And then he said no, it's really, really powerful and you might be surprised by what people think about it. And then it just so happened, Baby Loss Awareness Week was coming up in October. And I'd started going to - so the charity called Sands does a monthly kind of group for parents who've lost babies. It was very powerful to be and my friend who wrote about this for the BBC, as well, you

Ramaa Sharma:

And you know, we had an exhibition space. So I said, well, if I am going to do it, then I could do it, then in that way, it could be an opportunity for people to come around and share their experiences if they want to, or if it will just simply raise awareness, because it was still, I was quite shocked at how little conversation there is about baby loss, and also, how few people have the

Ramaa Sharma:

And I'm lucky, my husband was amazing. But there were lots of people who weren't, you know, there were lots of people who got it wrong around me. And so I thought it would also be an opportunity to sort of, want of another word educate people about that.

Ramaa Sharma:

So yeah, so then we did it, and it coincided with my birthday. So I said to people, well, instead of having a birthday party, you know, you would come to my birthday party, instead of that come to my exhibition, be with me at that point.

Ramaa Sharma:

And there was something about being brave enough to share, it was kind of like, you guys know, this sort of polished kind of, I think, polished, you know, the kind of the sort of BBC sparkly version of me, but here's, here's, here's, here's, the human, you know, here's, here's me, warts and all, and feeling quite empowered to stand in that moment. And feeling like my son outed me as an artist, or

Dhruti Shah:

It feels like there's so much purpose in every path that you've either chosen to take or have found yourself in because of the way that life has turned out in that instance. And this might be difficult, but I'm gonna throw it out there anyway. Because why not? What would you want future Ramaa to remember about you, at this particular moment?

Ramaa Sharma:

When you mean future, you mean like, a eighty-year-old or

Dhruti Shah:

It could be eighty-year-old Ramaa, it could be like, it could be like, you know, five years time. But in terms of everything that you've gone through? And I'm not sure whether negative, I don't, you know, not just about all the very, very difficult life challenges you've had, but all these sort of, okay, I've learned this, or this is where I am, what have you learned that, you know, is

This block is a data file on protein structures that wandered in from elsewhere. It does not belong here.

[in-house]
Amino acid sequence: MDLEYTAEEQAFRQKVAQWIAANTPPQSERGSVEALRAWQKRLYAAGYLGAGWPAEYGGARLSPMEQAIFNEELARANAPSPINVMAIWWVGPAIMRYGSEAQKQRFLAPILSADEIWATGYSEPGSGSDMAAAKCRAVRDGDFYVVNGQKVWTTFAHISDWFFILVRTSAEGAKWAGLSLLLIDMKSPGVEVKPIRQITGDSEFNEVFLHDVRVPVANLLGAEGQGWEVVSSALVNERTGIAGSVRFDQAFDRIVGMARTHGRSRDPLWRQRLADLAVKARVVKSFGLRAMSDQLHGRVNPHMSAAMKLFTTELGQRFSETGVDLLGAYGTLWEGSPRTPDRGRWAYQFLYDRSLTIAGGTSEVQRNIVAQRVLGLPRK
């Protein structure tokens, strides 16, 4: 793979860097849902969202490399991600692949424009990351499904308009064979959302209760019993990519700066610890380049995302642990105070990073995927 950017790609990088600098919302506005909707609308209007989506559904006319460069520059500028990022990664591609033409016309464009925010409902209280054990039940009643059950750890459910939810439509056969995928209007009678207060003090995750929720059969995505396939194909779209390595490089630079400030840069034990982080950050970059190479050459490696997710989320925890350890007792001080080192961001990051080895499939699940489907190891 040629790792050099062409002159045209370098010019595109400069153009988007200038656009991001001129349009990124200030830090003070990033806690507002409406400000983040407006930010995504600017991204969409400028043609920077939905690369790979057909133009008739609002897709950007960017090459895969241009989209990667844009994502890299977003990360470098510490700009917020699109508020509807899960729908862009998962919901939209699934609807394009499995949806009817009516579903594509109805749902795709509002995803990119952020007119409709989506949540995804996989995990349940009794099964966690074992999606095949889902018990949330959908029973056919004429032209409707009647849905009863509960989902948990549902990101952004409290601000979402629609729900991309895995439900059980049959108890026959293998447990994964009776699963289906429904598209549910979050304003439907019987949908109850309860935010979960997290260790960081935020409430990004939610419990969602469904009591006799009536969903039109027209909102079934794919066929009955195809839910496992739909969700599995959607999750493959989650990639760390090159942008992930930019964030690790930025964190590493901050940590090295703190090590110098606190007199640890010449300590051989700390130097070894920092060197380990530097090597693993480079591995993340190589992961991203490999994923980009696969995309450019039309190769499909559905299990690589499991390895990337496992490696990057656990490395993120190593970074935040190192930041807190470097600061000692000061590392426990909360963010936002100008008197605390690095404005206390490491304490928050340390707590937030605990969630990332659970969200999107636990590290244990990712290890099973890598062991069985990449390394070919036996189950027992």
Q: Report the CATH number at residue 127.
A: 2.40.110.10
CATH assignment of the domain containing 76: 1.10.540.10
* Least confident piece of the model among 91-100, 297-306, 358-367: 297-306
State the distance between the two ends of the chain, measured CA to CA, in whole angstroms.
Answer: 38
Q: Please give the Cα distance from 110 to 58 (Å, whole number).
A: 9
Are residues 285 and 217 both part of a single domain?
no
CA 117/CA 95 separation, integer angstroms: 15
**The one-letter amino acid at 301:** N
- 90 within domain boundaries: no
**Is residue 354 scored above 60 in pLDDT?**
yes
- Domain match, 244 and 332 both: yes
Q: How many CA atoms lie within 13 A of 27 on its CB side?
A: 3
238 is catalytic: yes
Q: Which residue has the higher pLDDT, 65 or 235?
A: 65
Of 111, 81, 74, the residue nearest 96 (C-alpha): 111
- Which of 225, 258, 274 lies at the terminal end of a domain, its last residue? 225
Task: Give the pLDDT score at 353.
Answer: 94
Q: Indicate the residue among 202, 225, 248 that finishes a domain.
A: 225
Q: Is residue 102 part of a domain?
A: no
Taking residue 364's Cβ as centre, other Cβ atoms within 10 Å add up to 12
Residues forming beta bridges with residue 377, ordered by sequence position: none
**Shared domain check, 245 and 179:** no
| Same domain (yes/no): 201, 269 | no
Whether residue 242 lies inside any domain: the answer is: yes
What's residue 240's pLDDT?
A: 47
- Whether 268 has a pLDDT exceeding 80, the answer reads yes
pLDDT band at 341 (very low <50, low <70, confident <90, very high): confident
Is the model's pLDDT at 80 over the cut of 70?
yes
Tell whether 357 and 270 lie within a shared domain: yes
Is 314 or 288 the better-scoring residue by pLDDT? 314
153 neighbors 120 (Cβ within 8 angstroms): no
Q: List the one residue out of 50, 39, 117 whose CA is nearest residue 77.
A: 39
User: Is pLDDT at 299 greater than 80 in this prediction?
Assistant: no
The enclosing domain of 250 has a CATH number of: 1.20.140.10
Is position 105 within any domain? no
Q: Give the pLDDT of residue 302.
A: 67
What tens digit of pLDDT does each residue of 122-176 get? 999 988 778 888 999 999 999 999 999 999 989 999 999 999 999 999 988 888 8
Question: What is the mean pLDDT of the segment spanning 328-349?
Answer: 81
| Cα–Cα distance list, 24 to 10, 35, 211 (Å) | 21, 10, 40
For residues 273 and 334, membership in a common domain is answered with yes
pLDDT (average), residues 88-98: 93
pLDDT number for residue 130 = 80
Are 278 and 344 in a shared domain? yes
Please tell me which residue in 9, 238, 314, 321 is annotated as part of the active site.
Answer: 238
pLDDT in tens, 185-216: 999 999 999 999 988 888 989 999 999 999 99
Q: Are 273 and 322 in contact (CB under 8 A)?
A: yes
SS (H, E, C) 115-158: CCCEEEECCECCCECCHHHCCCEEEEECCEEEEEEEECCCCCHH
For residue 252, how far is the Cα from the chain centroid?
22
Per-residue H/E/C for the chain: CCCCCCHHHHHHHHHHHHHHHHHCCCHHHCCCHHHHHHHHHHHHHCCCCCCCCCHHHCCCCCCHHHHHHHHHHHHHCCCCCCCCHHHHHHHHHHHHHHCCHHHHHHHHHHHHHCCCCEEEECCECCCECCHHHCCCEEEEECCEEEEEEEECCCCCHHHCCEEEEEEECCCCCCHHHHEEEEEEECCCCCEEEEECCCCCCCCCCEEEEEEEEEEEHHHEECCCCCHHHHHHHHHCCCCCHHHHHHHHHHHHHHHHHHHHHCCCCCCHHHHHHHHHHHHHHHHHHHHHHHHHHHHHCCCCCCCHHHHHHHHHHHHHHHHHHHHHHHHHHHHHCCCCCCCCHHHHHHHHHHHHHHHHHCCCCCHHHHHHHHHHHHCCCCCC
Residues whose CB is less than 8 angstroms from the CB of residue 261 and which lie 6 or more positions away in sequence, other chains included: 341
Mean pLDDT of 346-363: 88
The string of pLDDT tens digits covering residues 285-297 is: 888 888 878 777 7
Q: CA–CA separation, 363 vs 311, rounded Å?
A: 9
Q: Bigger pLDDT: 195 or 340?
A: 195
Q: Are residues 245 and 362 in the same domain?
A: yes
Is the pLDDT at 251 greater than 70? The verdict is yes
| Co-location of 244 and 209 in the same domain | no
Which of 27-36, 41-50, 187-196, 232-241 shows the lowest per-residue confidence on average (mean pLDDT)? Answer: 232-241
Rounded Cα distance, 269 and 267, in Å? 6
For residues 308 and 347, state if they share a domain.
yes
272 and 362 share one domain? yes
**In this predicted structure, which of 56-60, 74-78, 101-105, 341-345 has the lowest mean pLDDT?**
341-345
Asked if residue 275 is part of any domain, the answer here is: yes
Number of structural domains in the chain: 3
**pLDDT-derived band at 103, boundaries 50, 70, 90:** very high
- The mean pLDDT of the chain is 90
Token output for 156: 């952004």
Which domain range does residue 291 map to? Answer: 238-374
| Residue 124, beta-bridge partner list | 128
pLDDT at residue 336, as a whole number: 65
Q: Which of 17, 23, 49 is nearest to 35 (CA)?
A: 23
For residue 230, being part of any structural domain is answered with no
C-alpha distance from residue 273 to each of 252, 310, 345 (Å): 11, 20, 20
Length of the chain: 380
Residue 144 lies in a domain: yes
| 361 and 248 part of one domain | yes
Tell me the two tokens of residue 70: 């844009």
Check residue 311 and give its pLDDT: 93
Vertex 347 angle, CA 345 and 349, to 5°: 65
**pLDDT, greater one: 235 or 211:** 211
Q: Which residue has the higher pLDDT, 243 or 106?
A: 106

Ramaa Sharma:

I guess there's something that's, I've been thinking about for the last probably five years, you know. It's a sort of, there's something I've been working on for five years and that's only been crystallised by the recent events, is, I think I definitely grew up and you know, they talk about men having this quality, but I think I definitely grew up in or was raised in a way of like,

Ramaa Sharma:

It doesn't matter what's happening, you just just sort of you get on with it. So you might be feeling all kinds of things, but you just keep working and you just keep going. And you don't always necessarily acknowledge your feelings or acknowledge complex and difficult emotions and and that's really a really bad idea.

Ramaa Sharma:

And, you know, so on one hand, it does make you resilient. You know, I talked about, sorry to drop the podcast again, I talked a lot about this with Rupa Jha, she's the head of India at the BBC. And, you know, she was talking about how you just ignore things because you've got to get on, you know, she knew she was talking about sexism and sexist remarks, you just just keep going.

Ramaa Sharma:

And obviously the benefit of that is that you progress, but there's a cost to that loss to your soul, you know, your emotional self, and equally you might be carrying wounds, or you might not realise you're wounded or your burnout, all those things happen as I think as a result of not being really self aware.

Ramaa Sharma:

So that has been a big journey for me, you know, now I practice a lot of mindfulness. Now I am very big on being self expressed, you know, whether it's in my art or in conversation, coaching requires a lot of self awareness.

Ramaa Sharma:

And then so you know, the fact that I had been on that journey, I think, is what meant that when I was then grieving, I grieved, I was not afraid to do that, I wasn't afraid of what people gonna think of me, or they couldn't care less, I just thought I was just thinking about my son anyway. But I did it, you know, I was unafraid of how people might have judged me in a way that I probably would have

Ramaa Sharma:

And as a result of that, I think I'm sitting here in front of you well, and you know, moving on with my life without carrying the weight of repressed feelings, just because other people, you know, may have assumptions about, about me because of them.

Ramaa Sharma:

So, I think, being really aware of how I feel, and how I feel in the moment, and finding ways to express that in meaningful ways, it means I have a better relationship with myself; with others; in workplaces; like I think so much. And you know, so much of the DNI work is trying to get people to talk about the uncomfortable bits of it. So much of it. Before I say, before we're going to talk

Ramaa Sharma:

And it's obviously what I want to pass on as well, to hopefully, my baby...

Dhruti Shah:

The wonderful Rama Sharma, executive coach, artist, strategic leader and more. Do you have an interdisciplinary life? Because I would love to hear from you and perhaps we can chat on this podcast that goes with my newsletter, which is called Have You Thought About. It can be found via www.dhrutishah.com. Please join me next time for a fun conversation with another guest who likes to

Dhruti Shah:

If you like the podcast, do share rate and review. It's an independent podcast and if you find it helpful, then let people know.